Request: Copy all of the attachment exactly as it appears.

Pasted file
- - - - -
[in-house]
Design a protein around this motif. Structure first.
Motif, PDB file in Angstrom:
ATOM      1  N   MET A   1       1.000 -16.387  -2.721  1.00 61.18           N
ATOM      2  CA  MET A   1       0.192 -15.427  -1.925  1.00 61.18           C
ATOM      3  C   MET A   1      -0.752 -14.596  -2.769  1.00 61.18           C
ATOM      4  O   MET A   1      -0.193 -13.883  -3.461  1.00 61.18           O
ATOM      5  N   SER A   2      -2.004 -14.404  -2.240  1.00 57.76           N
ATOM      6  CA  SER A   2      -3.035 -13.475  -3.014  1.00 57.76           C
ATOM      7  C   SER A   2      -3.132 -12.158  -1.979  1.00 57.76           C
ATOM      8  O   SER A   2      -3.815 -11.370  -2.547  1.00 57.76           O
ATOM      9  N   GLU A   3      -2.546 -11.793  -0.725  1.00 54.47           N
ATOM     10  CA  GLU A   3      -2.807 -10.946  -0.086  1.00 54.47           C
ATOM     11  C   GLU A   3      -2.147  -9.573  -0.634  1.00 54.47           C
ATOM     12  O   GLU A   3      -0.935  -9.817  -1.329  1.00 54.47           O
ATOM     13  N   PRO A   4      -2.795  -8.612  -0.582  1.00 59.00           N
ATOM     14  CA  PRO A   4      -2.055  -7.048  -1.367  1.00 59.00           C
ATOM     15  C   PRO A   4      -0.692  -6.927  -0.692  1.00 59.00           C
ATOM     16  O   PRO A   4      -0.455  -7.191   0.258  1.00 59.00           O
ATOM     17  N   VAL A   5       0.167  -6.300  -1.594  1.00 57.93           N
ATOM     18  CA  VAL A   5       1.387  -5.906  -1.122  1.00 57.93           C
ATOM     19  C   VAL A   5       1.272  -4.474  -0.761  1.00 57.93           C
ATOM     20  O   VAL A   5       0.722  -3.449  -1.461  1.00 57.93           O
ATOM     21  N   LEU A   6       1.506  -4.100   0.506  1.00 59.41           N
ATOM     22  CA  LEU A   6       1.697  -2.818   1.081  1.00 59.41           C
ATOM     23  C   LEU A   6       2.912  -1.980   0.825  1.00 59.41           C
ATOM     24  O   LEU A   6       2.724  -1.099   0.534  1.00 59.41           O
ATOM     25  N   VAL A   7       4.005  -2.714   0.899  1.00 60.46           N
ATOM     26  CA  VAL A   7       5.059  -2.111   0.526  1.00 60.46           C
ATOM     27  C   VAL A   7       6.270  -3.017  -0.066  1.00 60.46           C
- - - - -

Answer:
[in-house]
Design a protein around this motif. Structure first.
Motif, PDB file in Angstrom:
ATOM      1  N   MET A   1       1.000 -16.387  -2.721  1.00 61.18           N
ATOM      2  CA  MET A   1       0.192 -15.427  -1.925  1.00 61.18           C
ATOM      3  C   MET A   1      -0.752 -14.596  -2.769  1.00 61.18           C
ATOM      4  O   MET A   1      -0.193 -13.883  -3.461  1.00 61.18           O
ATOM      5  N   SER A   2      -2.004 -14.404  -2.240  1.00 57.76           N
ATOM      6  CA  SER A   2      -3.035 -13.475  -3.014  1.00 57.76           C
ATOM      7  C   SER A   2      -3.132 -12.158  -1.979  1.00 57.76           C
ATOM      8  O   SER A   2      -3.815 -11.370  -2.547  1.00 57.76           O
ATOM      9  N   GLU A   3      -2.546 -11.793  -0.725  1.00 54.47           N
ATOM     10  CA  GLU A   3      -2.807 -10.946  -0.086  1.00 54.47           C
ATOM     11  C   GLU A   3      -2.147  -9.573  -0.634  1.00 54.47           C
ATOM     12  O   GLU A   3      -0.935  -9.817  -1.329  1.00 54.47           O
ATOM     13  N   PRO A   4      -2.795  -8.612  -0.582  1.00 59.00           N
ATOM     14  CA  PRO A   4      -2.055  -7.048  -1.367  1.00 59.00           C
ATOM     15  C   PRO A   4      -0.692  -6.927  -0.692  1.00 59.00           C
ATOM     16  O   PRO A   4      -0.455  -7.191   0.258  1.00 59.00           O
ATOM     17  N   VAL A   5       0.167  -6.300  -1.594  1.00 57.93           N
ATOM     18  CA  VAL A   5       1.387  -5.906  -1.122  1.00 57.93           C
ATOM     19  C   VAL A   5       1.272  -4.474  -0.761  1.00 57.93           C
ATOM     20  O   VAL A   5       0.722  -3.449  -1.461  1.00 57.93           O
ATOM     21  N   LEU A   6       1.506  -4.100   0.506  1.00 59.41           N
ATOM     22  CA  LEU A   6       1.697  -2.818   1.081  1.00 59.41           C
ATOM     23  C   LEU A   6       2.912  -1.980   0.825  1.00 59.41           C
ATOM     24  O   LEU A   6       2.724  -1.099   0.534  1.00 59.41           O
ATOM     25  N   VAL A   7       4.005  -2.714   0.899  1.00 60.46           N
ATOM     26  CA  VAL A   7       5.059  -2.111   0.526  1.00 60.46           C
ATOM     27  C   VAL A   7       6.270  -3.017  -0.066  1.00 60.46           C